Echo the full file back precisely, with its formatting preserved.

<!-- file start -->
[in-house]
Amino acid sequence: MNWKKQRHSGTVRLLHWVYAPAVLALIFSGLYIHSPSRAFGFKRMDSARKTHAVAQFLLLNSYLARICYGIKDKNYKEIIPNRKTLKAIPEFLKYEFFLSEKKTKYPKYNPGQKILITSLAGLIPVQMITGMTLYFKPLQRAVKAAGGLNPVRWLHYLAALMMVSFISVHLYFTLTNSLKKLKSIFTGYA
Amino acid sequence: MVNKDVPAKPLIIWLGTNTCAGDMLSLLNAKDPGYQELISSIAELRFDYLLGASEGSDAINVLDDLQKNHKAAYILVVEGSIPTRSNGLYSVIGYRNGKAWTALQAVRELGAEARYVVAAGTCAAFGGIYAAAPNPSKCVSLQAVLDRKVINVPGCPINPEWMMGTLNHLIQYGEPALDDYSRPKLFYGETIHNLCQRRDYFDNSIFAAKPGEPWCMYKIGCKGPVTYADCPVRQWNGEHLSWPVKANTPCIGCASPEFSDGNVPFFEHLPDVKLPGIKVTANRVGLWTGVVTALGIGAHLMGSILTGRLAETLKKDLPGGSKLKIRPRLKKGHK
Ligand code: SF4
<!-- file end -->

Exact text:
[in-house]
Amino acid sequence: MNWKKQRHSGTVRLLHWVYAPAVLALIFSGLYIHSPSRAFGFKRMDSARKTHAVAQFLLLNSYLARICYGIKDKNYKEIIPNRKTLKAIPEFLKYEFFLSEKKTKYPKYNPGQKILITSLAGLIPVQMITGMTLYFKPLQRAVKAAGGLNPVRWLHYLAALMMVSFISVHLYFTLTNSLKKLKSIFTGYA
Amino acid sequence: MVNKDVPAKPLIIWLGTNTCAGDMLSLLNAKDPGYQELISSIAELRFDYLLGASEGSDAINVLDDLQKNHKAAYILVVEGSIPTRSNGLYSVIGYRNGKAWTALQAVRELGAEARYVVAAGTCAAFGGIYAAAPNPSKCVSLQAVLDRKVINVPGCPINPEWMMGTLNHLIQYGEPALDDYSRPKLFYGETIHNLCQRRDYFDNSIFAAKPGEPWCMYKIGCKGPVTYADCPVRQWNGEHLSWPVKANTPCIGCASPEFSDGNVPFFEHLPDVKLPGIKVTANRVGLWTGVVTALGIGAHLMGSILTGRLAETLKKDLPGGSKLKIRPRLKKGHK
Ligand code: SF4